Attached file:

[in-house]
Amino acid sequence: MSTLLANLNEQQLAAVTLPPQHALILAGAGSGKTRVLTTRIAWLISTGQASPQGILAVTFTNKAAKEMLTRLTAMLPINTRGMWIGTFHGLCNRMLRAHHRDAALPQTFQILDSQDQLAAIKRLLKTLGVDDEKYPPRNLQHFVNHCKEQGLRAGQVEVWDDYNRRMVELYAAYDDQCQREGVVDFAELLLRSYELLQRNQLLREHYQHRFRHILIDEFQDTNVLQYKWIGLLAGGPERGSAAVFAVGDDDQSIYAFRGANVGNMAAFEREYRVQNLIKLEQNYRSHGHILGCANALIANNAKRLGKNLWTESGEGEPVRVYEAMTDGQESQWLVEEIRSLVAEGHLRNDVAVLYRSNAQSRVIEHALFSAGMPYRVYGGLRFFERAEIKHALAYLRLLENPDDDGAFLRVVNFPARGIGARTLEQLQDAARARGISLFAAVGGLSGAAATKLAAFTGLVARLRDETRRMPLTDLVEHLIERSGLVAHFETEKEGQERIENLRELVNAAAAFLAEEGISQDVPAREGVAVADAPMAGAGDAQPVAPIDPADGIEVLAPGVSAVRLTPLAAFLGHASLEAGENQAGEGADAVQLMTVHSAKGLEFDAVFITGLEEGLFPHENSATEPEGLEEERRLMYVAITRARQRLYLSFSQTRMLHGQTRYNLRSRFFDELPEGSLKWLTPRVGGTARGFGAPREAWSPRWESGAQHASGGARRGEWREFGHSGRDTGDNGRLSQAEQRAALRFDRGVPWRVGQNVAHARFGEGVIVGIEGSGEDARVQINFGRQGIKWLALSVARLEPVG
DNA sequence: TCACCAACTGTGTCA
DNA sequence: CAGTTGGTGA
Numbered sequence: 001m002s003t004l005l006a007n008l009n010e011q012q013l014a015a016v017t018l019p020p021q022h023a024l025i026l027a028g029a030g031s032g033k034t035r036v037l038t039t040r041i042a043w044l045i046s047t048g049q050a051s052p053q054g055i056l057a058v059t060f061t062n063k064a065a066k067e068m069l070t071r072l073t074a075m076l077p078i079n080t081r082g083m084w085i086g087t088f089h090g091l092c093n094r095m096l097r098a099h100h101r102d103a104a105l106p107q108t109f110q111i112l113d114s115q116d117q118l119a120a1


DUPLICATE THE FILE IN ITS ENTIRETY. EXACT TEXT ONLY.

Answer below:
[in-house]
Amino acid sequence: MSTLLANLNEQQLAAVTLPPQHALILAGAGSGKTRVLTTRIAWLISTGQASPQGILAVTFTNKAAKEMLTRLTAMLPINTRGMWIGTFHGLCNRMLRAHHRDAALPQTFQILDSQDQLAAIKRLLKTLGVDDEKYPPRNLQHFVNHCKEQGLRAGQVEVWDDYNRRMVELYAAYDDQCQREGVVDFAELLLRSYELLQRNQLLREHYQHRFRHILIDEFQDTNVLQYKWIGLLAGGPERGSAAVFAVGDDDQSIYAFRGANVGNMAAFEREYRVQNLIKLEQNYRSHGHILGCANALIANNAKRLGKNLWTESGEGEPVRVYEAMTDGQESQWLVEEIRSLVAEGHLRNDVAVLYRSNAQSRVIEHALFSAGMPYRVYGGLRFFERAEIKHALAYLRLLENPDDDGAFLRVVNFPARGIGARTLEQLQDAARARGISLFAAVGGLSGAAATKLAAFTGLVARLRDETRRMPLTDLVEHLIERSGLVAHFETEKEGQERIENLRELVNAAAAFLAEEGISQDVPAREGVAVADAPMAGAGDAQPVAPIDPADGIEVLAPGVSAVRLTPLAAFLGHASLEAGENQAGEGADAVQLMTVHSAKGLEFDAVFITGLEEGLFPHENSATEPEGLEEERRLMYVAITRARQRLYLSFSQTRMLHGQTRYNLRSRFFDELPEGSLKWLTPRVGGTARGFGAPREAWSPRWESGAQHASGGARRGEWREFGHSGRDTGDNGRLSQAEQRAALRFDRGVPWRVGQNVAHARFGEGVIVGIEGSGEDARVQINFGRQGIKWLALSVARLEPVG
DNA sequence: TCACCAACTGTGTCA
DNA sequence: CAGTTGGTGA
Numbered sequence: 001m002s003t004l005l006a007n008l009n010e011q012q013l014a015a016v017t018l019p020p021q022h023a024l025i026l027a028g029a030g031s032g033k034t035r036v037l038t039t040r041i042a043w044l045i046s047t048g049q050a051s052p053q054g055i056l057a058v059t060f061t062n063k064a065a066k067e068m069l070t071r072l073t074a075m076l077p078i079n080t081r082g083m084w085i086g087t088f089h090g091l092c093n094r095m096l097r098a099h100h101r102d103a104a105l106p107q108t109f110q111i112l113d114s115q116d117q118l119a120a1